No, those two lines do not achieve the same result.
char s = "string" results in a modifiable array of 7 bytes, which is initially filled with the content
's' 't' 'r' 'i' 'n' 'g' '\0' (all copied over at runtime from the string-literal).
char *s = "string" results in a pointer to some read-only memory containing the string-literal "string".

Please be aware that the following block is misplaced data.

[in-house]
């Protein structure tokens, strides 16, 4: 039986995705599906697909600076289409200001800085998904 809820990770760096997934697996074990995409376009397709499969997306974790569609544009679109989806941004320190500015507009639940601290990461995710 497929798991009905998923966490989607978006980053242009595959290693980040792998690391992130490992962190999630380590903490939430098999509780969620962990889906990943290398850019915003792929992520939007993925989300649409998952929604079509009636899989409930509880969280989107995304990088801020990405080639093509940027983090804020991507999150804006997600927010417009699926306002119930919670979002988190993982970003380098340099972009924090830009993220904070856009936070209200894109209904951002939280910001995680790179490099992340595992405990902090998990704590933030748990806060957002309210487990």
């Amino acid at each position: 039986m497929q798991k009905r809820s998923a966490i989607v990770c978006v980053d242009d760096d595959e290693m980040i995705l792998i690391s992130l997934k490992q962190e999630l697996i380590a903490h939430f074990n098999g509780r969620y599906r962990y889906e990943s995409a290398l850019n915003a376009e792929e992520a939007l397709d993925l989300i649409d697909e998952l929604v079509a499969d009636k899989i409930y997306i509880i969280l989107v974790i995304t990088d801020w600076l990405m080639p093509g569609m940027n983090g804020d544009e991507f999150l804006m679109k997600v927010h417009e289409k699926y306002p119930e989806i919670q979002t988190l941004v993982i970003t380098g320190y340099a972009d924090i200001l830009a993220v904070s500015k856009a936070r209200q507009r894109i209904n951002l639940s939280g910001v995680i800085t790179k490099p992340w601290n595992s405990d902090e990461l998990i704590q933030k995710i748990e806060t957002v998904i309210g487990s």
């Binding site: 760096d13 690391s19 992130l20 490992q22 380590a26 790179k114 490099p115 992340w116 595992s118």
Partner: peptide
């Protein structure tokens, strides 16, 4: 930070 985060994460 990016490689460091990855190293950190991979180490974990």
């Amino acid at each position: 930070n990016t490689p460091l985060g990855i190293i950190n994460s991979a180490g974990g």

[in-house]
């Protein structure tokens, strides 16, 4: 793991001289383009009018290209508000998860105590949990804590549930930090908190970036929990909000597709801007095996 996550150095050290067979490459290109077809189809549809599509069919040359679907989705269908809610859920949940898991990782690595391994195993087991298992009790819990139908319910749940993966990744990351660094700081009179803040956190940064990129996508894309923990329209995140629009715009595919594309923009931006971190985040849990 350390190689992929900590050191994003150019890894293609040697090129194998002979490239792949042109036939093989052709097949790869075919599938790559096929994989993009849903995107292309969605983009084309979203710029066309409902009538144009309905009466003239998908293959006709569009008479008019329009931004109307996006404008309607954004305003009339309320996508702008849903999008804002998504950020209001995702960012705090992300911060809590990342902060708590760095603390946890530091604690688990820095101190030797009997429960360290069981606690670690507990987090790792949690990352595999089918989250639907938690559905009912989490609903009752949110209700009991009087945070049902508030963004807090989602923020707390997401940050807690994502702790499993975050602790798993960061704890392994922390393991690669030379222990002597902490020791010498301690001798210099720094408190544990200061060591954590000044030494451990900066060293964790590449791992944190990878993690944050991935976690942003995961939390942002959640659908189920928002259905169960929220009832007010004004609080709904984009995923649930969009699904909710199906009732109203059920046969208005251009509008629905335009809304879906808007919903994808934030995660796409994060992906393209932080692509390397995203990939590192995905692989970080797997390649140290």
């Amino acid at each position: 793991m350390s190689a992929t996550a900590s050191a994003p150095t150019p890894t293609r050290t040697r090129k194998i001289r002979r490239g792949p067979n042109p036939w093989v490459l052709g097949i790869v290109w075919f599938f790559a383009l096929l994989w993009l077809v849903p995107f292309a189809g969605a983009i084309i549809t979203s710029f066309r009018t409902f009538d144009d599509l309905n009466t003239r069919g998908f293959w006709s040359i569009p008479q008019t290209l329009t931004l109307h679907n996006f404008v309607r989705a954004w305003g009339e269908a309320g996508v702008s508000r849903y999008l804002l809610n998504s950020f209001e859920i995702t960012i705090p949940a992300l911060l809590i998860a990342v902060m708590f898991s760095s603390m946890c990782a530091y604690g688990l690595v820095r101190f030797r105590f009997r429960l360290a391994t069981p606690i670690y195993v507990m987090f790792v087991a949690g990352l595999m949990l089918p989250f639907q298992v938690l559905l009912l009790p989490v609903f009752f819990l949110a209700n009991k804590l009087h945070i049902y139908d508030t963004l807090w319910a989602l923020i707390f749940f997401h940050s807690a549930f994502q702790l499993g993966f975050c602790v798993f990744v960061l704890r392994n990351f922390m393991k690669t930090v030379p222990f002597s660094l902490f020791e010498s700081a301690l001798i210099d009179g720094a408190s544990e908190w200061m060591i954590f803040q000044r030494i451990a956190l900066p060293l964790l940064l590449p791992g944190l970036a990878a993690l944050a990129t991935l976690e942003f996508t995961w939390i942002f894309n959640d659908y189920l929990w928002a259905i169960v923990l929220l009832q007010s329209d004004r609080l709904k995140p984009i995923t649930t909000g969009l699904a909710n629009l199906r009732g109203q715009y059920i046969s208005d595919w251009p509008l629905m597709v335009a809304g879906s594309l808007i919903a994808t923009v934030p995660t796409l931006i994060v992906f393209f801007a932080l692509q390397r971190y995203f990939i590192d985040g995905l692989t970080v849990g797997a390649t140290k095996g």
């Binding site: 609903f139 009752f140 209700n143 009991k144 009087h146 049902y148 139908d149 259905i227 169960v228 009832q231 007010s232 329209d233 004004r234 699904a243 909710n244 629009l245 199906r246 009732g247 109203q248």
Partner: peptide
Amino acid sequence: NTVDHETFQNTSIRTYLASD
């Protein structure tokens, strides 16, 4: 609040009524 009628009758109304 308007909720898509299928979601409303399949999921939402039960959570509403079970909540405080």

If you want to modify the contents of your string, then the first is the only way to go. If you only need read-only access to a string, then the second one will be slightly faster because the string does not have to be copied.
In both cases, there is no need to specify a null terminator in the string literal. The compiler will take care of that for you when it encounters the closing ".